Jefferson’s absence hurt though. No getting around that.
He’s going to be a tremendous leader in his final season. It reminds us a bit of Lance Thomas.
He started for most of his career at Duke but had a fairly quiet game. Then when Duke played at Clemson, and struggled, we saw how he took control of his team emotionally. He pushed and cajoled and got everyone going.
Jefferson has that potential.
Jones will also be key. As a freshman, Coach K said he never had a bad practice which is extraordinary. He’s a mature and seasoned captain. He played hurt for a lot of last season but this season, like Jefferson, he’s healthy and should be much better.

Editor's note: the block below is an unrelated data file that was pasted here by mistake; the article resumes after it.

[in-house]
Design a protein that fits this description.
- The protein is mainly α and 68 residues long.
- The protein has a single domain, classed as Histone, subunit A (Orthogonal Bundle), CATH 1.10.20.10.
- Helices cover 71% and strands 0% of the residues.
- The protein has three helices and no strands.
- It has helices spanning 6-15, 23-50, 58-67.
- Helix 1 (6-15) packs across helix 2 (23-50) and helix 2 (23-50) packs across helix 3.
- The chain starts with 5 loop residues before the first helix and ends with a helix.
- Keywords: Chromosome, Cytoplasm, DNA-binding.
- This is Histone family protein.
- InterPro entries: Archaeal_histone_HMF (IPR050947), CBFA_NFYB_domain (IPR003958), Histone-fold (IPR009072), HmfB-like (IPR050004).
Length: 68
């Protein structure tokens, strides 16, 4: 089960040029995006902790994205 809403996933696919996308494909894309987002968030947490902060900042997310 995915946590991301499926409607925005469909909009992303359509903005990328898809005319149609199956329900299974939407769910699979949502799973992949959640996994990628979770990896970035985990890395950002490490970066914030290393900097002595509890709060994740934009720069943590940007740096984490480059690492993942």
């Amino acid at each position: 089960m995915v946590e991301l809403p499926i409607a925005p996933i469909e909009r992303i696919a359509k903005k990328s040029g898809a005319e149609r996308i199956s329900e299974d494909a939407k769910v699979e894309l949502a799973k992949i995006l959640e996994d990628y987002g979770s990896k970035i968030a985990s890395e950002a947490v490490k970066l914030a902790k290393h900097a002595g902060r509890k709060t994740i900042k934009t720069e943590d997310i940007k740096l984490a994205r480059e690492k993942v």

And Allen will also be a leader. He’s a quiet player and he’s had to learn to be vocal but he’s certainly improved. And this year much is expected of him. He’ll step up and all three guys will lead by example as well.
We expect others will step up as well. This appears to be a group with exceptional character. Kennard is ready to step up a notch as is Jeter. And guys like Giles, Tatum and White could take on big emotional roles with this group.
So for that matter might a guy like Robinson.
Last year he had a subtle but important impact on Plumlee. Here’s what he said at the banquet about his young teammate who, remember, redshirted last year:
"We had just lost to Notre Dame, and I had played the worst game of my career. The entire team was counting on me, and I let them down. Feelings-wise, I was probably at my absolute lowest. After the loss, I went back to my room, I grabbed enough food to last me a few days so I wouldn’t have to leave, and I turned on the TV. I wanted to disappear.